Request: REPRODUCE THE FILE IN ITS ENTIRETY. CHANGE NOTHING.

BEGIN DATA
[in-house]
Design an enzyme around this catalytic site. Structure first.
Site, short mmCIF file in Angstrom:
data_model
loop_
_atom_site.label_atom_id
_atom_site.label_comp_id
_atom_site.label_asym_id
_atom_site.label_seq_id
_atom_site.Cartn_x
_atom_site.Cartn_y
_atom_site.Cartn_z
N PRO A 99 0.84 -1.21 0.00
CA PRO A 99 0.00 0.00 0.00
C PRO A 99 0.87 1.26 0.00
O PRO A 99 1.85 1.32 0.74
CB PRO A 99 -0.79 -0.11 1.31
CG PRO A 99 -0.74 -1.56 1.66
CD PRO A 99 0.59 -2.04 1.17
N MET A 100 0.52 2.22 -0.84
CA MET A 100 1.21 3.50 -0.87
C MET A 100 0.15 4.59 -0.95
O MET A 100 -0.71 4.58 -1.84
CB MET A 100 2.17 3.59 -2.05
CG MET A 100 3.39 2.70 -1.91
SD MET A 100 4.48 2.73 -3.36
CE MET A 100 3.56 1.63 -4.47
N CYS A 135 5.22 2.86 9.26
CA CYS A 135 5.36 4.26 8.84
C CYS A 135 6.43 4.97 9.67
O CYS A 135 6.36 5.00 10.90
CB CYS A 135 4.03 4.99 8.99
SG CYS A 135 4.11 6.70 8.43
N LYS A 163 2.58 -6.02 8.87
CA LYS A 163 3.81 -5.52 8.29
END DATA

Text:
[in-house]
Design an enzyme around this catalytic site. Structure first.
Site, short mmCIF file in Angstrom:
data_model
loop_
_atom_site.label_atom_id
_atom_site.label_comp_id
_atom_site.label_asym_id
_atom_site.label_seq_id
_atom_site.Cartn_x
_atom_site.Cartn_y
_atom_site.Cartn_z
N PRO A 99 0.84 -1.21 0.00
CA PRO A 99 0.00 0.00 0.00
C PRO A 99 0.87 1.26 0.00
O PRO A 99 1.85 1.32 0.74
CB PRO A 99 -0.79 -0.11 1.31
CG PRO A 99 -0.74 -1.56 1.66
CD PRO A 99 0.59 -2.04 1.17
N MET A 100 0.52 2.22 -0.84
CA MET A 100 1.21 3.50 -0.87
C MET A 100 0.15 4.59 -0.95
O MET A 100 -0.71 4.58 -1.84
CB MET A 100 2.17 3.59 -2.05
CG MET A 100 3.39 2.70 -1.91
SD MET A 100 4.48 2.73 -3.36
CE MET A 100 3.56 1.63 -4.47
N CYS A 135 5.22 2.86 9.26
CA CYS A 135 5.36 4.26 8.84
C CYS A 135 6.43 4.97 9.67
O CYS A 135 6.36 5.00 10.90
CB CYS A 135 4.03 4.99 8.99
SG CYS A 135 4.11 6.70 8.43
N LYS A 163 2.58 -6.02 8.87
CA LYS A 163 3.81 -5.52 8.29